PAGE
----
What's new
  • Guest
    As per our long standing policy of not permitting medical advice on the forum - all threads concerning the Coronavirus will be locked.
    For more info on the coronavirus please see the link below:
    https://www.cdc.gov/coronavirus/2019-nCoV/summary.html

Balsa Strop Base Shape

I have at last sourced some good balsa for my balsa strops. The balsa is 900mm x 100mm x 10mm. It wasn't cheap at USD 15 but it is very good quality. From that, I will make three balsa strops each about 300mm x 100mm.

As the balsa is only 10mm thick, I will need to mount it on some 8mm thick marine plywood that I have. This will give an overall thickness of about 18mm.

The question is, do I made the plywood just about as big as the balsa strop or do I make the plywood longer giving me a handle by which to hold it?
 
Forget my last post. I just reread Slash's balsa strop topic. The balsa has to be attached to a really dloid flat substrata like marble. I will do that and not use plywood.
 
Acrylic works great too. Somewhere in Slash’s Balsa thread there is a link to Tap Plastics. 12x3 inch works great.
 
Or you could do what I did and get a bit of balsa that it’s 80mm thick if you could min was 80 x 100 x 300
 
Or you could do what I did and get a bit of balsa that it’s 80mm thick if you could min was 80 x 100 x 300
The thickest blocks of balsa that are available to me are 50 x 50 x 300. I am thinking of:

1. Gluing 3 thicknesses of 6mm acrylic together to make 18mm thick, or
2. Gluing 6mm acrylic to 6mm tile glued to 8mm marine plywood.

The 3 x 6mm layered acrylic is the most expensive at about USD 30 each. The acrylic/tile/plywood would be about USD 7 each but will be heavier and could break if dropped.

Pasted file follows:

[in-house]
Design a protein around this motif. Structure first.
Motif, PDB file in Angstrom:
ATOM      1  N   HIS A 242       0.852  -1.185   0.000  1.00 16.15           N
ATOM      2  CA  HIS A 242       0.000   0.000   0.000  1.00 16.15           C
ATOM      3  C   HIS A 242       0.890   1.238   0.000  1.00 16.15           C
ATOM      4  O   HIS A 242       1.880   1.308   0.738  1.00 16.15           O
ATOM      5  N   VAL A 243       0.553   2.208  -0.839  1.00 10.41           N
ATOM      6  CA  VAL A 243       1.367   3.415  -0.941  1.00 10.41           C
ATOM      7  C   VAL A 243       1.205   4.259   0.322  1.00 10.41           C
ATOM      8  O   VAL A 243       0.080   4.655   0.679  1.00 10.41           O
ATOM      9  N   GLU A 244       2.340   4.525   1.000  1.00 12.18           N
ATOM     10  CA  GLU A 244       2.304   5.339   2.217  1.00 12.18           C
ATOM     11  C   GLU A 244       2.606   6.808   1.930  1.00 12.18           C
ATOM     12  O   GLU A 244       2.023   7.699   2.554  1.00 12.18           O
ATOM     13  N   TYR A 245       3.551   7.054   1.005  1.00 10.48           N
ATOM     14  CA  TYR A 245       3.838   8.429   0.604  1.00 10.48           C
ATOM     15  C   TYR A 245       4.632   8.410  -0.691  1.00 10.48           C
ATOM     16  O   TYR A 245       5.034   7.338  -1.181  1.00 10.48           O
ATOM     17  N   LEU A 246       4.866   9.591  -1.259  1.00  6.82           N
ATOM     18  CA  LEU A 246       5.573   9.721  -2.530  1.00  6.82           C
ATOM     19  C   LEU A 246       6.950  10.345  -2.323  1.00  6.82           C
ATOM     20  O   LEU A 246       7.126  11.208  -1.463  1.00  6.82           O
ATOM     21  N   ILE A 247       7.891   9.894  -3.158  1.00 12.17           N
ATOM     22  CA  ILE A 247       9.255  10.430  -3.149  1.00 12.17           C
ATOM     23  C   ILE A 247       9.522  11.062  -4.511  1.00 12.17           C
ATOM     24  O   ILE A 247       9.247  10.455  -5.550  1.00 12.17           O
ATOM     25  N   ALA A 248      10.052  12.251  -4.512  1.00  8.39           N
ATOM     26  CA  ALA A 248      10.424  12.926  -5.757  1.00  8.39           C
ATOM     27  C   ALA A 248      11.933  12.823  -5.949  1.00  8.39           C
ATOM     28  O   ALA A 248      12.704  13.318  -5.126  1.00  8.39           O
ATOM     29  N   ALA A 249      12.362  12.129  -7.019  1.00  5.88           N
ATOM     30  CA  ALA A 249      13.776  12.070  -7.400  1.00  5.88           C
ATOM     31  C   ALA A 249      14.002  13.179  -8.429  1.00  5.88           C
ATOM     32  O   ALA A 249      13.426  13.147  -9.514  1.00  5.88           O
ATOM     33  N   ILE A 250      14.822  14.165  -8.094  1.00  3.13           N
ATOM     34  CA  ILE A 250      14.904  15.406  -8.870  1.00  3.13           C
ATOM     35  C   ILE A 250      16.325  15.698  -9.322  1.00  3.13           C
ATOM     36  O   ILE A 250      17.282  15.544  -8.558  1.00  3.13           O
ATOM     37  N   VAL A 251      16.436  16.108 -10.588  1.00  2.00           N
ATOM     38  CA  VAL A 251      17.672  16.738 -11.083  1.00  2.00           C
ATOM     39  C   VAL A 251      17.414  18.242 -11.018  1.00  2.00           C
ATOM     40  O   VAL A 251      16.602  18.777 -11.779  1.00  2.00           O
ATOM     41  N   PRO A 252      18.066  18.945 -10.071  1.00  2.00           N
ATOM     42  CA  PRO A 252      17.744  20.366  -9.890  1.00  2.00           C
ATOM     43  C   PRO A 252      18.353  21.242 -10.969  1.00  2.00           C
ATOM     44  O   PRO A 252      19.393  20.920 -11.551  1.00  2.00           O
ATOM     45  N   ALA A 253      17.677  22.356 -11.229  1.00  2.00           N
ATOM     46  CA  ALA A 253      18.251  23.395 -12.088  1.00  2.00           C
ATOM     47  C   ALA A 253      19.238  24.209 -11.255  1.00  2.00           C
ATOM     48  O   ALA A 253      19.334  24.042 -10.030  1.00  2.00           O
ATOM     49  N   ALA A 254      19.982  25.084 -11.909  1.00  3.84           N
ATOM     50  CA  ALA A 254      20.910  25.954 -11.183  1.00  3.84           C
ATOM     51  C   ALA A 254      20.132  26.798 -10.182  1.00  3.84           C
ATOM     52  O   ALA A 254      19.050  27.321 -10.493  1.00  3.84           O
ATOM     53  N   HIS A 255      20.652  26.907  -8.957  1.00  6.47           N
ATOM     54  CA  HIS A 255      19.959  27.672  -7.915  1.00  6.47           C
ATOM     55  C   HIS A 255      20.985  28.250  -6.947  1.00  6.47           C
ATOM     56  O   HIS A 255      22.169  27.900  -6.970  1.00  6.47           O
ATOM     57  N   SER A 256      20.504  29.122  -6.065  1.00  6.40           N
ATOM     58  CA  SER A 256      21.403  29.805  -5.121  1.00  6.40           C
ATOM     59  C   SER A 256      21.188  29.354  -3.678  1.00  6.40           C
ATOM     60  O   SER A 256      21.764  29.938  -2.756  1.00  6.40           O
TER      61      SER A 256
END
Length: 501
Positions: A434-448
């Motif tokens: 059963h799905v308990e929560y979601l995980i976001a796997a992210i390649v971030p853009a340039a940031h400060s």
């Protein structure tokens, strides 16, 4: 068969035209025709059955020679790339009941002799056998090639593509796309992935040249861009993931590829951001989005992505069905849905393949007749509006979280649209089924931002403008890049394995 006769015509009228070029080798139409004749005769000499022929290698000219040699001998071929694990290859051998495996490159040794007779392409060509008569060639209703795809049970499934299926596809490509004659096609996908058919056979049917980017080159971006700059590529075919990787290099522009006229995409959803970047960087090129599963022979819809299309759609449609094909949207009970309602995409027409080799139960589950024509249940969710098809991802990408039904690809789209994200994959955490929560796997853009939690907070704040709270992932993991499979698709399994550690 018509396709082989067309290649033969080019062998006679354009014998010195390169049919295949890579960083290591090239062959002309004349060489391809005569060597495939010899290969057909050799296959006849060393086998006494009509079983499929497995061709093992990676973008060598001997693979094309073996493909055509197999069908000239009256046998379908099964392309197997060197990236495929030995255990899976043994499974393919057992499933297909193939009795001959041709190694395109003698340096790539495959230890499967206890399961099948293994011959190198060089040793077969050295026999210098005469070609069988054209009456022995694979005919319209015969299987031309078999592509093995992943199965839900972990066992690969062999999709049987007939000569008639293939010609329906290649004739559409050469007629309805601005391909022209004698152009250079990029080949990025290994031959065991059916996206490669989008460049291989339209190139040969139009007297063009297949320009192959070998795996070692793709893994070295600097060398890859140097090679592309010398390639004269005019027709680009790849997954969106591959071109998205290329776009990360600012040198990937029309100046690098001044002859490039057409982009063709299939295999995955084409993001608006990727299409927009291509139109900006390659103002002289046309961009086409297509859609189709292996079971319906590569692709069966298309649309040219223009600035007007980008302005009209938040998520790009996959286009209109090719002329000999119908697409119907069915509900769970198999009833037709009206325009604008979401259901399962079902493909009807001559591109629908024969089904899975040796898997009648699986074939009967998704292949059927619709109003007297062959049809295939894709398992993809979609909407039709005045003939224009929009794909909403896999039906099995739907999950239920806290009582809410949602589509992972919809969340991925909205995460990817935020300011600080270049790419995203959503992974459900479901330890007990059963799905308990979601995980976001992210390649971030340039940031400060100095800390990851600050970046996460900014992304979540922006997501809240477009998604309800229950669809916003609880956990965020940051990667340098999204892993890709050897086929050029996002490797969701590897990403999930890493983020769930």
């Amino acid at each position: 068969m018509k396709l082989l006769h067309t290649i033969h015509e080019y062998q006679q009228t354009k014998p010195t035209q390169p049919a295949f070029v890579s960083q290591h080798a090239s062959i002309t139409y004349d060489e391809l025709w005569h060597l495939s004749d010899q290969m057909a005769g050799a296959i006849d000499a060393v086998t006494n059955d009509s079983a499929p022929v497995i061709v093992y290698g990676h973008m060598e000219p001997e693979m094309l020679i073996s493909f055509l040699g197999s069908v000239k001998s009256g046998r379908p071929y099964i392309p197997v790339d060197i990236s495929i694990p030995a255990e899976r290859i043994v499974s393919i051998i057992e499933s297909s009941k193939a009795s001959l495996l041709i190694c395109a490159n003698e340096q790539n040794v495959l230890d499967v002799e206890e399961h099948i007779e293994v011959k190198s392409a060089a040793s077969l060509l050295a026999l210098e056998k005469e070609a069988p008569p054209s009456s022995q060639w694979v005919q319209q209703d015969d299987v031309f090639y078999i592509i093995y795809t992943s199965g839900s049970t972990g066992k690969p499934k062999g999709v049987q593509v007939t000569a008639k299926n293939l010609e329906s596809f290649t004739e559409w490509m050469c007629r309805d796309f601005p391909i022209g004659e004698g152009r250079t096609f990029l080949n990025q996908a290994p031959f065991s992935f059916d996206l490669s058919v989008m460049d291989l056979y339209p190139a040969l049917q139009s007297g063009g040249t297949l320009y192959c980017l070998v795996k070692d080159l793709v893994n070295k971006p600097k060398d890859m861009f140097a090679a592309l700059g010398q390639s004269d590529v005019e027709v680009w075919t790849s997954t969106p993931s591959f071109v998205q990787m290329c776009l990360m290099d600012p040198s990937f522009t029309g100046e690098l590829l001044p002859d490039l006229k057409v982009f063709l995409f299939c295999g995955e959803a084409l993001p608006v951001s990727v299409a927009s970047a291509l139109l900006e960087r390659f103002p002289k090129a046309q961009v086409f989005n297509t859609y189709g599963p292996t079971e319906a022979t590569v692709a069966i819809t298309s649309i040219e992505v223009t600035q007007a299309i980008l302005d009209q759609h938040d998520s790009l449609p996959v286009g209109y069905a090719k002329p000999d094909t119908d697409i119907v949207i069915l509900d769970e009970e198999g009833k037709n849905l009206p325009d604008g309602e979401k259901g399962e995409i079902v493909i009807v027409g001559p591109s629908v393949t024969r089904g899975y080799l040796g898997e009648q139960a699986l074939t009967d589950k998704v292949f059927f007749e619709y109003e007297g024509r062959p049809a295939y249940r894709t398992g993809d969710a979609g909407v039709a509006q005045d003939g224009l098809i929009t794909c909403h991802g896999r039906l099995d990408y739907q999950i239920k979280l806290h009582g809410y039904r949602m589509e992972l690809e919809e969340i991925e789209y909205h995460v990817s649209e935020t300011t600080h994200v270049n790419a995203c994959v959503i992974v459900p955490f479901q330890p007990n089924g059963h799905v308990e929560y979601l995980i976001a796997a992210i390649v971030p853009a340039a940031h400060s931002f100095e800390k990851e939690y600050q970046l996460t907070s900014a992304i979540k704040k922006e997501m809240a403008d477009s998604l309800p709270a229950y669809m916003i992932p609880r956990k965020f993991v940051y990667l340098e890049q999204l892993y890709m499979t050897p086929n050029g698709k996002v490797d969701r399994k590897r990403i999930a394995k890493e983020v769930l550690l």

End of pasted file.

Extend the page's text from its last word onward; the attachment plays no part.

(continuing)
Okay here is what I would do.

You know that balsa without backing will warp. You also know that thick balsa, even with backing, will warp in your climate. You know that wood will warp.

What you might not realize is that perfect flatness is no requirement for the backing. Once the balsa is properly fixed to it, you then lap the balsa flat. So any sort of tile would work as long as it is big enough. Even a brick would work, as far as that goes.

The problem with tile is if it is thick, then it is heavy, and honing in hand will get tiresome, and you don't want to strop or hone on a bench or other unyielding, fixed object. So you want preferably something lighter, even if it is some composite you lay up yourself, as long as there is an element in it that will not flex or warp.

This is gonna take some ingenuity on your part, owing to the availability of materials. The one thing you have in abundance is local hardwood. So one way to tackle this is to build up a box structure, glue a piece of heavy glass to it, and glue the balsa to that. You could also use steel, if you stayed down around 1/8" thick. If the structure is all wood, it will probably warp.

Speaking of composites, you could lay up something in fiberglass or some other composite based on the same principle. It just has to be something that won't absorb water and is dimensionally stable. If it is not thick enough to hold without endangering your fingertips, then glue it to a box base.

You know what a box joint is, right? Similar to, and often improperly called, a dovetail joint. The ends of boards are cut with notches and fingers that fit into one another. It is intimidating until you see how simple it actually is. A box joint is an extremely useful bit of carpentry skill. Look it up on youtube. Dovetail joints, as well, though for this project the box joint is simpler and will work just fine. So you make up a box with no bottom or top using the box joint. Glue or otherwise attach a stable base layer for the balsa. Then glue a thin layer of balsa, maybe 1/4" thick, and lap it. End result is a thick but light structure that will not flex or warp appreciably, with your balsa on top and lapped and pasted.

Not sure how thick 6mm is, but since .22 caliber is 5.56mm I am guessing 6mm is just less than 1/4". Should be stable enough. You just need some height to it, and that's where your carpentry comes in. A solid board WILL warp. The box, not so much at all.
 
Thanks Slash. My thinking is that acrylic (smooth/fat) glued to 6mm ceramic tile ( non-warping) glued to painted marine plywood (for thickness) should reduce a good base for my 10mm thick balsa that I already have.

Lapping the balsa flat might take a mm or so off its thickness. Over time (future lapping) the balsa will get down to 4mm or 5mm thick before needing replacement.